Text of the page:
Many divorced individuals would agree that re-establishing their independence is a common, and unexpected, struggle. When you spend years learning to compromise with someone else and create a comfortable coexistence, reforming your habits can be confusing. It is important for every divorced person to take steps to establish financial and emotional independence as quickly as possible so they can experience a greater sense of fulfillment as a single person. Here are five ways you can establish independence after separation from your spouse.
- Let yourself say “no” sometimes.
When you are going through an early divorce or separation, you may find that you have more time on your hands. It is natural, and even healthy. to provide yourself with distractions by making plans to do things with others. In time, always making plans can become mentally, emotionally, and financially taxing. It is important to prioritize accordingly and only make plans that fit into your lifestyle.
- Do not let yourself be manipulated.
Not allowing yourself to be manipulated is an especially important skill to learn when you are going through a divorce, especially when children are involved. Divorce impacts everyone in your immediate circle, which can include your ex’s family. It is not uncommon for extended family members to behave in ways that are manipulative or controlling when they fear they are losing a relationship with you or your children. Responding to their tactics can lead to more emotional entanglements that you will be forced to sort out later. Establish boundaries early on and be sure to stick with them no matter what.
- Be honest with yourself.
For many people, the emotional trauma that often occurs as the result of a divorce can cause them to avoid uncomfortable truths about their finances. The more you sweep your problems under the rug now, the more you will have to deal with them later. If your divorce left you in a financial hole, there may be options you can work out with some debtors. It is important to continue opening your mail and answering the phone. Creating a budget after your divorce can also be a helpful exercise for avoiding further financial grief.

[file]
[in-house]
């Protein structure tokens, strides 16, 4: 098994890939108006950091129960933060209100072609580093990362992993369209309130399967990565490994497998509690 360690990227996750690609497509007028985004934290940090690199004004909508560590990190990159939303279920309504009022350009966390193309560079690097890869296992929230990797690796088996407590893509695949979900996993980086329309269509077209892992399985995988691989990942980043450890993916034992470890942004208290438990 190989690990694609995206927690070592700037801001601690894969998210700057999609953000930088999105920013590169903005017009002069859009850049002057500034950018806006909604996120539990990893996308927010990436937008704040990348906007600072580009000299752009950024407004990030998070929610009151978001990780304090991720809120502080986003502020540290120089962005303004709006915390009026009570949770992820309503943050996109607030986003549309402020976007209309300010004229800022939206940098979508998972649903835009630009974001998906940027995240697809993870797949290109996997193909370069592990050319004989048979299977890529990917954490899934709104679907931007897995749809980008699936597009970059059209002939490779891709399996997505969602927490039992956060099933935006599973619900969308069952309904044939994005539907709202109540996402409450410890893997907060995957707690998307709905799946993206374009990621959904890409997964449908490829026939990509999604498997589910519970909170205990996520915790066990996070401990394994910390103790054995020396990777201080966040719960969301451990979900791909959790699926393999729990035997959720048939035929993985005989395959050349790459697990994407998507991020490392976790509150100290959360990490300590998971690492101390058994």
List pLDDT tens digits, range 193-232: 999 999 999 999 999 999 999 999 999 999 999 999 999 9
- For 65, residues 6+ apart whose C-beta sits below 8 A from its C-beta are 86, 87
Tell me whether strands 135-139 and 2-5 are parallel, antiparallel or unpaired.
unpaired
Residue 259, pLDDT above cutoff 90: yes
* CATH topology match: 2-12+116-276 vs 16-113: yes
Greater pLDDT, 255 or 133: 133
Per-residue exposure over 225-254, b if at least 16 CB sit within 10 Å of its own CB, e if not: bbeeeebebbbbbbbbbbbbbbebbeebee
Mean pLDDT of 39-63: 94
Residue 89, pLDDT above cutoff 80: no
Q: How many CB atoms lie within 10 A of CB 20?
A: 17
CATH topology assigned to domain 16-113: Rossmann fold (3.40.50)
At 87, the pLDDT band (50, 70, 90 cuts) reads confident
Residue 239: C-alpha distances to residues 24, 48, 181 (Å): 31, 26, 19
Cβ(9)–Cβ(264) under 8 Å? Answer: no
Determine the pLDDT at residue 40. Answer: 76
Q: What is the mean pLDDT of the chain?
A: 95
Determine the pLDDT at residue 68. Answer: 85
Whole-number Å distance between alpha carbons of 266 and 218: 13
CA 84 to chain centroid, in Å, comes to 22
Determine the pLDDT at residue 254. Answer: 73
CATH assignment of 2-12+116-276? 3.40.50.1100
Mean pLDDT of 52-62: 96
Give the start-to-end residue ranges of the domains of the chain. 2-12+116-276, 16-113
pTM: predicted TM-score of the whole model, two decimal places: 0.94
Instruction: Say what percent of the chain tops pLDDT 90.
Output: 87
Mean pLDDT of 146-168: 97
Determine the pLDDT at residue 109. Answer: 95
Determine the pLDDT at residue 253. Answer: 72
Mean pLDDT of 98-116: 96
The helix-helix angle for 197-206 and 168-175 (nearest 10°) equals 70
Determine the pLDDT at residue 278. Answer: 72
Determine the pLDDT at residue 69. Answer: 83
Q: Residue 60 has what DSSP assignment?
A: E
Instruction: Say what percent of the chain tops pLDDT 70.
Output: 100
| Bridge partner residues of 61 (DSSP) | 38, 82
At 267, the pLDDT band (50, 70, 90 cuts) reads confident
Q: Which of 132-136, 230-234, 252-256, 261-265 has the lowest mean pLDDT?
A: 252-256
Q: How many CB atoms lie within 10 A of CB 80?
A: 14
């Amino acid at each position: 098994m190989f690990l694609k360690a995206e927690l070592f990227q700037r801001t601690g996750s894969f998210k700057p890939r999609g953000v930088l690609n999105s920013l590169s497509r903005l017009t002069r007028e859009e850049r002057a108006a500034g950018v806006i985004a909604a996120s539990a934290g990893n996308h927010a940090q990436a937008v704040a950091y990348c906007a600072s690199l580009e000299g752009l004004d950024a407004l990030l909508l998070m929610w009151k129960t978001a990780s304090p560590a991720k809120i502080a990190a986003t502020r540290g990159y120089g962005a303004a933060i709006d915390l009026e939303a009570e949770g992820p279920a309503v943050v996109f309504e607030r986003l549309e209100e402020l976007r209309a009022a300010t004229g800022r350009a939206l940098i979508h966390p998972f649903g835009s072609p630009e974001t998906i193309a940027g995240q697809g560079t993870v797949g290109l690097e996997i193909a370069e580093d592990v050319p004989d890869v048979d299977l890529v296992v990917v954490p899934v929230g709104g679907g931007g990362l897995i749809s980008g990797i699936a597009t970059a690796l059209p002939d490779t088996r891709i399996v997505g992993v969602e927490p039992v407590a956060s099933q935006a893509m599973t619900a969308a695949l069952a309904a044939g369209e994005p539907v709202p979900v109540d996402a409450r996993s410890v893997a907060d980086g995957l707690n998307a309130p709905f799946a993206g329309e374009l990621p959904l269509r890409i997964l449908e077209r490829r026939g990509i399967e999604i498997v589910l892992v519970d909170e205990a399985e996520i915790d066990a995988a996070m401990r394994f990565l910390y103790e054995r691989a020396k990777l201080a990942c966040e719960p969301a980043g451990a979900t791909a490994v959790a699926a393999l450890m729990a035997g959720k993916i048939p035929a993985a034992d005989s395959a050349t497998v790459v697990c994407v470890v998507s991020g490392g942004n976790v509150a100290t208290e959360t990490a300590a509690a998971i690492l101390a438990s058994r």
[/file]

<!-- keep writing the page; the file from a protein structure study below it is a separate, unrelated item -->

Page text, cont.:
- Be honest with others.
If you suddenly find yourself unable to invest the same amount of time, energy, or finances into some relationships in your life, have an honest talk with your friends. If you are accustomed to spending your Friday nights at happy hour with a few close friends, but can’t afford it right now, it is OK, to be honest with them. They may be happy to adjust plans and spend Friday nights drinking cheap wine and watching a movie at home with you.
- Keep detailed account records.
Those joint accounts that seemed like a great idea when you were married need to be reevaluated now that you are single again. The majority of loans and debts are settled during mediation for many couples; however, there are other accounts that may be overlooked that you could be held liable for. If both of your names are on any bank accounts or cell phone, cable, and electric bills, you need to begin reaching out to each company and find out how you can get your name removed from the account. If you plan to continue service with the company, create a new account that is only in your name.
If you are struggling to gain independence after your divorce, you are not alone. It is important to remember that it will take time, and you will face many pitfalls. But you can avoid these headaches when you take a proactive approach to establish your independence soon after a divorce. If you’re currently attempting to file for divorce, give us a call today.